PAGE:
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[The Wrap] FARs just RFAs spelt differently; Invest responsibly

Advisers get a wake up call on regulation and given a date to make a decision by; Ignoring responsible investing isn't an option and a case of spinning numbers.

Friday, August 17th 2018, 2:00PM 2 Comments

Yesterday I was fortunate to attend a dealer group's session on the coming regulation changes. It was aimed at Registered Financial Advisers. This group seek its own licence, but said to members that it would like to know by November 30 if members planned to join their licence or seek their own.

The point here is that November 30 is not that far away.

Although the FSLAB Bill is still waiting for its second reading in Parliament it could progress through these final stages quite quickly.  Advisers probably need to be thinking that the bill won't change too much and they will need to be thinking about the future shape of their business.

I did like the comment that officials wanted to get rid of acronyms like AFA, and RFA, but FAR is just RFA spelt differently.

We have had quite a bit of Responsible Investing this week. The Responsible Investment Association report shows that this is really an area that advisers can't ignore anymore.

The report has some useful information showing growth, trends and investing styles. It's well worth a read. If you would like a copy drop us an email.

The other piece, Getting to Grips with RI, also garnered some comments which are worth a read.

Last week we mentioned Naomi Ballantyne's recent podcast. To find out more about it read this article. I've now had a full listen and it's a good story.

And to wrap the week up here's a little story about creative use of statistics. The FMA, which seems a little obsessed with KiwiSaver fees rather than net returns put out a press release headlined: "KS members say dollar fee information is useful".

Thankfully, Tamsyn Parker at the NZ Herald looked at the data and headlined her story: "Most Kiwis fail to notice changes to KiwiSaver statements". 

And she was correct.

"While 50% did not notice the new fee information, among the 31% of respondents who did, 53% said they thought the fees were about right, 30% thought they were too high and 4% thought they were too low. 18% of those surveyed were unsure if they’d seen the new fee information or not."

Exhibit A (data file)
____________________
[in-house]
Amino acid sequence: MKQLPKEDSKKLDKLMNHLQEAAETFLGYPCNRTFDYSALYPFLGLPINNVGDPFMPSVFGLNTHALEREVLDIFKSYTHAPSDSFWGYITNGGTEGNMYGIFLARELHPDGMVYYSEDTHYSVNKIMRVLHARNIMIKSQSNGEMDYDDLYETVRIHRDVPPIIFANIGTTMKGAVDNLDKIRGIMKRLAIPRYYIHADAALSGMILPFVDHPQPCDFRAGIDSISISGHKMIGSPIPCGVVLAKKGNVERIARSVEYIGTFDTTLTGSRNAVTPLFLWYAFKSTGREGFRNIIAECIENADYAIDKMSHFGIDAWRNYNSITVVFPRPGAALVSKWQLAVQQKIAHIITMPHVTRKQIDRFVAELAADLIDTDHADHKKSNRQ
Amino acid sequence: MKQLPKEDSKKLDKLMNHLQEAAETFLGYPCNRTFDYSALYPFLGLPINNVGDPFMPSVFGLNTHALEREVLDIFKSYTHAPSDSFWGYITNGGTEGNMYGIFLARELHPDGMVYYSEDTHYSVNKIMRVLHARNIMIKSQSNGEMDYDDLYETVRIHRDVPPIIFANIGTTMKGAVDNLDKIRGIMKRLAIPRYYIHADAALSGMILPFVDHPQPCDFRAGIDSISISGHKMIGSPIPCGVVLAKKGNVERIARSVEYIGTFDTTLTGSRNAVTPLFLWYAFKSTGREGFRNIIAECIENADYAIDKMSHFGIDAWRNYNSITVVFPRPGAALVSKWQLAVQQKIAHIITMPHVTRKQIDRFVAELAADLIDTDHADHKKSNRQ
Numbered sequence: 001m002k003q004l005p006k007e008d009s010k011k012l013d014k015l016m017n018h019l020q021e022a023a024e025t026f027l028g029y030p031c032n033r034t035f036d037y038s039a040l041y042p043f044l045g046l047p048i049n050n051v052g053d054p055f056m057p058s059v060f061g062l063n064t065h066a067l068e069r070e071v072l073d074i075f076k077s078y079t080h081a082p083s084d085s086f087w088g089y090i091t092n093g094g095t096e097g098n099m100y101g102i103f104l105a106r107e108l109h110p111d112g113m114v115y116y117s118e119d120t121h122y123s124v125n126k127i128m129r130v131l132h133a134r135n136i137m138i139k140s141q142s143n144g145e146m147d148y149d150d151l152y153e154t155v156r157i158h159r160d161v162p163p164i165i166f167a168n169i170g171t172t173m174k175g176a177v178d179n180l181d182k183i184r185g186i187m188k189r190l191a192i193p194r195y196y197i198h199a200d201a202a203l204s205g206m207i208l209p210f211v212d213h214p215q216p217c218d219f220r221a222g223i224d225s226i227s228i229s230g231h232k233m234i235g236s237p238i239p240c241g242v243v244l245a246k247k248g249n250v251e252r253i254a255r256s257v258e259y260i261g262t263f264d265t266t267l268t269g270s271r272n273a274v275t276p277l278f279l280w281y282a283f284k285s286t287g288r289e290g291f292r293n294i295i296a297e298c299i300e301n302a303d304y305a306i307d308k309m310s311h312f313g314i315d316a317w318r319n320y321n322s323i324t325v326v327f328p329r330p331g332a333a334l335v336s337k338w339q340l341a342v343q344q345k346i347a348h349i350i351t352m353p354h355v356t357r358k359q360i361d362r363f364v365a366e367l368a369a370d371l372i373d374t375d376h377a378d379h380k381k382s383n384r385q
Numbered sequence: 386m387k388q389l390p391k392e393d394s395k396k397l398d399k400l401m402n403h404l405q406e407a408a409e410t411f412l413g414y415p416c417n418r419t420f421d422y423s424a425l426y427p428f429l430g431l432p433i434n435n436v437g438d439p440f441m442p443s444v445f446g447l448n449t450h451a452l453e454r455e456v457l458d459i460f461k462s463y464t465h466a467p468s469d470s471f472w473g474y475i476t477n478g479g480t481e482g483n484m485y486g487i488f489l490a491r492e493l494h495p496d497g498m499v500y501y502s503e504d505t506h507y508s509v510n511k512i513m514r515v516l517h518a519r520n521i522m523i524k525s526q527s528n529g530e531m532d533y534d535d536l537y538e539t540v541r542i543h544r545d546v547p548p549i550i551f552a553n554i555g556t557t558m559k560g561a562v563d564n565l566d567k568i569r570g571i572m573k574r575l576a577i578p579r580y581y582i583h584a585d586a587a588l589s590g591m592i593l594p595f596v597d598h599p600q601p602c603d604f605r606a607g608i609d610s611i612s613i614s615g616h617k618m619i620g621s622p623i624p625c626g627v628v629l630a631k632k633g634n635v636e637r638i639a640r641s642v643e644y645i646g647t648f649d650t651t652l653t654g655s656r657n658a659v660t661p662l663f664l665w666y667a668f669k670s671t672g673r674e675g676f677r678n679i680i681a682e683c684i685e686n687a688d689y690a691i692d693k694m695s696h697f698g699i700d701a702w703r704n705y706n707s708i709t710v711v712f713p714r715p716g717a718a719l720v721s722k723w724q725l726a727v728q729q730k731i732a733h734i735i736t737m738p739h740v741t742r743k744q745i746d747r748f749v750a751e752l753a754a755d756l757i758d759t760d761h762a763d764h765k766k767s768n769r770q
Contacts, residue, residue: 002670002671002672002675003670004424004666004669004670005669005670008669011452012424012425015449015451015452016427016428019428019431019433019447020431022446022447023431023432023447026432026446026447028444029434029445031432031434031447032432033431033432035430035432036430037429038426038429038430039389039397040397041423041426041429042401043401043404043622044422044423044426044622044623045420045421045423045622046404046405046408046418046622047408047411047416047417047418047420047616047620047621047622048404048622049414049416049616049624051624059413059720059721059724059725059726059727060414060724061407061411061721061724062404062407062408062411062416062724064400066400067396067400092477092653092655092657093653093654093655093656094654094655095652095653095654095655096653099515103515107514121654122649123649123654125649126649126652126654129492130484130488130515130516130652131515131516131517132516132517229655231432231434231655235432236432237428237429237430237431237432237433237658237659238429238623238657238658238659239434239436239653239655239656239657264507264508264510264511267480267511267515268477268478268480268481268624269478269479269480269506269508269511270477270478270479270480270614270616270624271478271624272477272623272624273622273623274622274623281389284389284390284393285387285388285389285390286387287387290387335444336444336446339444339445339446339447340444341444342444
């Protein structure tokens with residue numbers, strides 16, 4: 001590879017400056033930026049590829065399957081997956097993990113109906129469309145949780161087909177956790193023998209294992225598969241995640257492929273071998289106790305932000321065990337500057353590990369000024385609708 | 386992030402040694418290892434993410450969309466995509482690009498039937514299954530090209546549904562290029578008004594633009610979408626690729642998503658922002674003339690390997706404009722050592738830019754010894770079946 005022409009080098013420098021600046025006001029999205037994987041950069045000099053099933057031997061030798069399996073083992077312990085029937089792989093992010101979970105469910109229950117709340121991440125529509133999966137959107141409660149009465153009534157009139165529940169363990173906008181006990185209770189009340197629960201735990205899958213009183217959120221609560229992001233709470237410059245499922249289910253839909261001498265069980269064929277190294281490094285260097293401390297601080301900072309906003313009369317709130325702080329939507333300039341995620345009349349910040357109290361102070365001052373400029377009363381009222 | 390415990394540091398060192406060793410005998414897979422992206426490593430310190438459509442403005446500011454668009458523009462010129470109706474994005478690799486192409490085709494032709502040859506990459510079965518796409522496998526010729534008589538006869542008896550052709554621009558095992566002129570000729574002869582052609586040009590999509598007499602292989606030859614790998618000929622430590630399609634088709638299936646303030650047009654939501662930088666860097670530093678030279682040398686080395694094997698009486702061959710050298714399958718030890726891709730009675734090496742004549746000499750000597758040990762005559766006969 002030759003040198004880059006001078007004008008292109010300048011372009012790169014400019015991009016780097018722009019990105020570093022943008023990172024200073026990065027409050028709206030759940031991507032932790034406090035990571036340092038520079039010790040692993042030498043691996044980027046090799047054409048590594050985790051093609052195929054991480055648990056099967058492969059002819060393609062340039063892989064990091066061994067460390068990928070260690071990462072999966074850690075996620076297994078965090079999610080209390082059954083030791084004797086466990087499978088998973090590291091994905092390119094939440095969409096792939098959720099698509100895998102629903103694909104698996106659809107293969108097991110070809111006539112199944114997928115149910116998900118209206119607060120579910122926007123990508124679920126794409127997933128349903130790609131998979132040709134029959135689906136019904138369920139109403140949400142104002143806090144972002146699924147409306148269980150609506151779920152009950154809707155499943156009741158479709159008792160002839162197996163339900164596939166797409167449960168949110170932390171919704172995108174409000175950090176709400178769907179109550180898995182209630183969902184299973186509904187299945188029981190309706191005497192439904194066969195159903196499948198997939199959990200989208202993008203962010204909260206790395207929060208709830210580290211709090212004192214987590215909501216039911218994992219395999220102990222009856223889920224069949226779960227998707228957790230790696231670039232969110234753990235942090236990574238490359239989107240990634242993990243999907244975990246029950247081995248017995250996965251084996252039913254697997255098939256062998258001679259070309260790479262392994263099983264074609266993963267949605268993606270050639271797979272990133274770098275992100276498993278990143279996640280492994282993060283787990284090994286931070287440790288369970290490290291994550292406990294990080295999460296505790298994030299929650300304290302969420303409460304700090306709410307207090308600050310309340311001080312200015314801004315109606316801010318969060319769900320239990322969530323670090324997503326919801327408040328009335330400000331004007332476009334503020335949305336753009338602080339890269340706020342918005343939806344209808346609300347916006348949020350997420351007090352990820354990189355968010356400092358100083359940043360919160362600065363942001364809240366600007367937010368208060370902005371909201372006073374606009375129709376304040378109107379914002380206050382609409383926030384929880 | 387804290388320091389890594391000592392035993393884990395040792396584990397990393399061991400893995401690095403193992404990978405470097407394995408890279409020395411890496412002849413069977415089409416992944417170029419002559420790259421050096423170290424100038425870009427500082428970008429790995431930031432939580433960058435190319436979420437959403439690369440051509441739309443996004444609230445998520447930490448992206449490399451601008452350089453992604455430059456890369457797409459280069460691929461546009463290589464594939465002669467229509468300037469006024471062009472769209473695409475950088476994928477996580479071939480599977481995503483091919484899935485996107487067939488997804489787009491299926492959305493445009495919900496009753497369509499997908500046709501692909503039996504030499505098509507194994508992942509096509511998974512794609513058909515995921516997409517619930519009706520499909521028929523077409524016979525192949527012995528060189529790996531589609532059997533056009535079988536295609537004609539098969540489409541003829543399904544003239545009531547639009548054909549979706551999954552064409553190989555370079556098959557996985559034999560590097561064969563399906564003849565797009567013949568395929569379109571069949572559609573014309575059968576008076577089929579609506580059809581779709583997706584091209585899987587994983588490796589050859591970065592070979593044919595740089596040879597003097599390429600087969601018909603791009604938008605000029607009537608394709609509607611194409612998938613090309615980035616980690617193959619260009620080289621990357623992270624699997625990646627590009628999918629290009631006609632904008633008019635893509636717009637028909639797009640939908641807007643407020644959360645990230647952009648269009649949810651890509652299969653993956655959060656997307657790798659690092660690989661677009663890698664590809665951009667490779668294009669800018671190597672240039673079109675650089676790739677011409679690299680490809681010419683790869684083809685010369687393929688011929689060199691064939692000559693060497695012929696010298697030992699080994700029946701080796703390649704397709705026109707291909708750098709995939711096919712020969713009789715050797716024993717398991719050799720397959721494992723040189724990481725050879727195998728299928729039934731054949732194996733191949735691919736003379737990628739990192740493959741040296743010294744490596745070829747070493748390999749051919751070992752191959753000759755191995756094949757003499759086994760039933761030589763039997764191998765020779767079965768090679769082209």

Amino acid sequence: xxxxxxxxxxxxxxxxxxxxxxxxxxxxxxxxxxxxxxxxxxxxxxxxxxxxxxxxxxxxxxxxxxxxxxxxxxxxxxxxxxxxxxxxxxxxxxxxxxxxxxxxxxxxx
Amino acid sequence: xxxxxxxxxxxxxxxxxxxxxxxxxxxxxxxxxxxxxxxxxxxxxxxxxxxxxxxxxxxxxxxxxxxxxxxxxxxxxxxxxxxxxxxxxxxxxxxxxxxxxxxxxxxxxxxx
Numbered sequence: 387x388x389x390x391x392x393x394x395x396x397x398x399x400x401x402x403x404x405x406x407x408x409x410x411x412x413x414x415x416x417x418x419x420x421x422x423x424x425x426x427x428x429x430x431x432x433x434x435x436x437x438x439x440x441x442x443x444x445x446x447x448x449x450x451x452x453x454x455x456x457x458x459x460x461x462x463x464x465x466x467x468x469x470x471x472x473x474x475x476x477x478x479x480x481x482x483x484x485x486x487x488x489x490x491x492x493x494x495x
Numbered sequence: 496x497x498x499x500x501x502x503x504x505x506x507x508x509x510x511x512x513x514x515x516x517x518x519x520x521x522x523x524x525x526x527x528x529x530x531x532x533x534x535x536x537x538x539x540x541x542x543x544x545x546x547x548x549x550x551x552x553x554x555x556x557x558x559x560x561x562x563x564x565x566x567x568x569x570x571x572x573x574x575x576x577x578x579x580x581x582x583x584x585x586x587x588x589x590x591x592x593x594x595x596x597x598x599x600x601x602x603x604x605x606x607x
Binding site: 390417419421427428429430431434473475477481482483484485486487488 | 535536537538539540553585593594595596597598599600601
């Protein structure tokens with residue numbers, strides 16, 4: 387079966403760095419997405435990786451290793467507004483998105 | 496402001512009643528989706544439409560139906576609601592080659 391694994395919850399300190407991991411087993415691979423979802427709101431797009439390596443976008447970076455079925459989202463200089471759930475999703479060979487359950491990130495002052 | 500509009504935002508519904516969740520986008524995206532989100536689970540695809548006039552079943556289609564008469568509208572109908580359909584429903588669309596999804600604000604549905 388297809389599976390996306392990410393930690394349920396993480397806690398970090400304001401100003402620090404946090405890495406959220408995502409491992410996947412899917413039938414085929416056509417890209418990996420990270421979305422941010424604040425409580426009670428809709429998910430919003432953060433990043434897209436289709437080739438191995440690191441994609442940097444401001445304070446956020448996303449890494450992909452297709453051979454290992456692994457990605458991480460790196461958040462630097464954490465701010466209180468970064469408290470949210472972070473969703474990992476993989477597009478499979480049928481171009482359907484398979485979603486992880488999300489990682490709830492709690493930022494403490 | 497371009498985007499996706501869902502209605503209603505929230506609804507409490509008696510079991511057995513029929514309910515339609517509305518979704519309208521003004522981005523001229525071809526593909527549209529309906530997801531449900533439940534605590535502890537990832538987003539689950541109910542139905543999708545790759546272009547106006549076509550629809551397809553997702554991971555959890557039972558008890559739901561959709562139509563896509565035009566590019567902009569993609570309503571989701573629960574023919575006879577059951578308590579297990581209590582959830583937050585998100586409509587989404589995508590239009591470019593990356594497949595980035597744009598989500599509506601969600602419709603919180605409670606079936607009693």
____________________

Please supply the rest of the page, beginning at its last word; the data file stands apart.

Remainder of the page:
The FMA is getting a little wayward with its use of numbers. The data it threw out around so-called life insurance was poor, or more technically, statistically unreliable.


If you are interested in the NZ sharemarket we have added a daily market close report on the site. This is posted each night around 6pm and gives you a good wrap of what happened during the day.

Here is the most recent one.

Tags: RFA

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Comments from our readers

On 19 August 2018 at 9:18 pm mike6156@gmail.com said:
Your comment in regard to officials wanting to get rid of acronyms like AFA and RFA resonated with me. So I BICHOK: (Butt In Chair, Hands On Keyboard) and decided to PEE (An Essay-writing Technique:
Point - Make a point. Evidence - Quote the text. Review - Check your work. However replacing AFA and RFA with FAR may cause problems. A member of the investing public may conceivably confuse an Adviser who is part of a QFE an FARQ. Or a non-aligned non-vertically integrated Adviser as a FAROUT. If 50% of KiwiSaver respondents did not notice the new KiwiSaver fee information, there is not much hope anyone will care or notice whether their Adviser is a AFA, RFA, FAR, FARQ or FAROUT.
On 20 August 2018 at 4:30 pm Pragmatic said:
Thanks @mike6156, but I reckon there's a simple way to help minimize the inevitable confusion that arises with acronyms - by using words. For example the industry could distinguish the differing distributors by using one of the following:

"Adviser": a person who gives advice in a particular field... such as financial services. May also be referred to as counsellor, mentor, guide, consultant, consultee, confidant, confidante, guide, right hand man, right hand woman, aide, helper… you get the picture. They are usually recognized by putting the client's interests first.

"Sales Person": An individual who sells goods and services to other entities. The successfulness of a salesperson is usually measured by the amount of sales he or she is able to make during a given period and how good that person is in persuading individuals to make a purchase. They are usually recognized by putting their master's interests first.

...just saying...

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RESIMAC Special - - - -
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Last updated: 27 May 2019 9:00am

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